|Publication number||US7355698 B2|
|Application number||US 11/379,845|
|Publication date||Apr 8, 2008|
|Filing date||Apr 24, 2006|
|Priority date||Apr 25, 2005|
|Also published as||US20060238765|
|Publication number||11379845, 379845, US 7355698 B2, US 7355698B2, US-B2-7355698, US7355698 B2, US7355698B2|
|Inventors||Shishir Shah, Glenn F. Spaulding|
|Original Assignee||Spin Diagnostics, Inc.|
|Export Citation||BiBTeX, EndNote, RefMan|
|Patent Citations (17), Referenced by (6), Classifications (7), Legal Events (4)|
|External Links: USPTO, USPTO Assignment, Espacenet|
This application claims priority to U.S. provisional application No. 60/674,520, entitled “High Throughput Wavelength Limited Cellular Analysis Apparatus and Method,” filed 25 Apr. 2005 and which is hereby incorporated by reference.
The invention relates generally to the field of cellular and subcellular analysis and more particularly, but not by way of limitation, to high throughput imaging devices and systems for use in cellular, sub-cellular and tissue analysis.
Traditional microscopy includes well-known techniques to view and image tissues, cells and subcellular structures. Using one or more light sources (sequentially or in combination) to obtain bright field, dark field, fluorescent, phase contrast or polarization information, image data can be collected by moving a microscope slide, or other cellular container, into the path of a stationary light source and objective. Moving the slide or sample container is typically a slow operation (e.g., 40 micron steps) to accommodate a limited field-of-view (“FOV”). The resolving limit of a light microscope is approximately 0.2 micron (often refereed to as wavelength limited), thus requiring approximately ±0.05 micron of translation resolution in the plane of the viewing field (hereinafter referred to as the horizontal (“x”) and vertical (“y”) axes). The high-resolution requirements for the component moving the sample container combined with the large area of a typical microscope slide (400 micron2 to 800 micron2), impose sever limits on transnational speeds. In these instruments, x-y translation is further encumbered by the time lost due to deceleration, acceleration, and backlash compensation of the moving component between each step or movement.
One current attempt to increase the analysis throughput of microscopy-based devices involves the analysis of quantities of reagents or analytes in the microliters using what are known as microwell plates or arrays. Existing microwell technology uses 96, 384 and 1,536 microwell plates, wherein each well can retain between approximately 1 microliter and 1 milliliter of liquid. In instruments designed to accommodate microwell plates, a light source is placed beneath a cell and an objective above the cell such that a top-down cellular view is obtained. This approach is stressed in the literature because it tends to reduce any interposed refractive index changes caused by the microwell structure itself. While many standard objectives can compensate for the typical bottom thickness of a microwell (e.g., 170 microns), they exponentially lose resolving power as the thickness increases. For example, a millimeter thick microwell bottom can obscure subcellular detail using standard, uncompensated, objectives. Another recognized drawback to microscopes designed to view and image microwell-based samples is the difficulty of accurately aligning the well structure (most microwells have a curved bottom) to the axis of the objective. For example, to achieve wavelength limited resolution it is typically necessary to use an objective having a high magnification (≧60×) and a numerical aperture ≧0.7. This combination in a standard microscope objective can result in a short depth of field—on the order of 0.1 micron to 0.8 micron (the “z” axis). Accordingly, if the microwell bottom is tilted beyond 1 micron in the FOV, important data in the image plane can be out of focus, resulting in the loss of information.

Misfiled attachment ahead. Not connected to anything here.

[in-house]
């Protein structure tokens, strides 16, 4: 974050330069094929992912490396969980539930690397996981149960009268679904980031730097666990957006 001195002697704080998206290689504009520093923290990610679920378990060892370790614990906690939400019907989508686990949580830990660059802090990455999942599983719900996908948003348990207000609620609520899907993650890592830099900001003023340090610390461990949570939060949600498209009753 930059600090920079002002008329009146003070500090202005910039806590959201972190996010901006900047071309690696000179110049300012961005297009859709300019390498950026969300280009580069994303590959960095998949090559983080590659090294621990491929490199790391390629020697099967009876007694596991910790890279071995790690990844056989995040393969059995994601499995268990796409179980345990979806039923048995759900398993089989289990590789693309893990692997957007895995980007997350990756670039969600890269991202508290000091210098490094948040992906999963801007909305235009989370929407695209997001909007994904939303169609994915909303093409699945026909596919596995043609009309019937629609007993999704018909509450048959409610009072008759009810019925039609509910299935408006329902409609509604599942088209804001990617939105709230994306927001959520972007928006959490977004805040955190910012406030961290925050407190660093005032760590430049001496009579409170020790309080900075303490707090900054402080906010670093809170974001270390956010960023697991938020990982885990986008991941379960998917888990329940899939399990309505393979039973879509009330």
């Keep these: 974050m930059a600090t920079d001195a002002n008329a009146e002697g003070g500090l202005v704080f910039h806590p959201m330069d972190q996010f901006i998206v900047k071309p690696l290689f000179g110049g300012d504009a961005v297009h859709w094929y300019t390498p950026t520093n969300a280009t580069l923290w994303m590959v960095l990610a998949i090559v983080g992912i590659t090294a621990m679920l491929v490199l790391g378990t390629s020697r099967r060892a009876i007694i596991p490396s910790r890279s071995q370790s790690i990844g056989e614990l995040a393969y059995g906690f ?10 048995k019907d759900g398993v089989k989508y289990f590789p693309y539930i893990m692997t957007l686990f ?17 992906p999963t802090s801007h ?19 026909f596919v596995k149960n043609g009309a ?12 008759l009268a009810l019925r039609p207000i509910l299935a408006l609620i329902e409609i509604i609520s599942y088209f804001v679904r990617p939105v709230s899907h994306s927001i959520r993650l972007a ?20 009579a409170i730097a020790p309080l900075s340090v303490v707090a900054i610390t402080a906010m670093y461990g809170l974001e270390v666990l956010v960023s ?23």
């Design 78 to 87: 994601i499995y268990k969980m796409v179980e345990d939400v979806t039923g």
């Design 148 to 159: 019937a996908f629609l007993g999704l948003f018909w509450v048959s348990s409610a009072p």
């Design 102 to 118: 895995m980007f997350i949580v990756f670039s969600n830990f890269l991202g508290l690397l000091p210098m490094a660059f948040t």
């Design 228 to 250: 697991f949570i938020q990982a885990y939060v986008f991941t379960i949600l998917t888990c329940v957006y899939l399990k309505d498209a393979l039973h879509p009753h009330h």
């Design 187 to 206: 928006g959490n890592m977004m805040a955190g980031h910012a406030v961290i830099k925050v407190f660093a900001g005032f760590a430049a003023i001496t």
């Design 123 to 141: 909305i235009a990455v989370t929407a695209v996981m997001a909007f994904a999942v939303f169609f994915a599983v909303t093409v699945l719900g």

Thus, it would be beneficial to provide a device and system that is capable of high throughput imaging of multiple samples at a high resolution and that overcomes the acknowledged drawbacks to existing imaging systems.
In one embodiment the invention provides a device to image one or more sample volumes as they are rotated under a detector. The device includes a platform oriented in a plane having secured therein/thereon a plurality of sample volumes, a motor configured to rotate the platform in the plane, one or more light sources on a first side of the platform and a detector configured to move from a first position over a second side of the platform to a second position over the second side of the platform and further configured to collect at least some of the transmitted light, while the platform is rotated, to form an image of at least a portion of one or more of the sample volumes. In some embodiments, the platform is used to secure one or more multi-sample containers (e.g., microwell plates) while in other embodiments the sample volumes could be integral to the platform itself. In still other embodiments, the rate at which the platform is altered as the detector is moved from the first position to the second position to ensure that the area passing under the camera within any given period of time is substantially the same (regardless of its position relative to the second surface of the platform). In yet other embodiments, light sources on the second side of the platform (for epi-illumination operations) rather than, or in combination with, the aforementioned light sources on the first side of the platform may be provided.
In still another embodiment, the invention provides a method to image one or more sample volumes disposed in a platform. The method includes disposing samples in at least some of the one or more sample volumes, continuously rotating the platform, transmitting light from one or more light sources on a first side of the platform and moving a detector from a first position to a second position over a second side of the platform, wherein the detector collects at least some of the transmitted light to form an image of at least a portion of one or more of the one or more sample volumes. Methods in accordance with the invention may also make use of light sources on the second side of the platform for epi-illumination operations.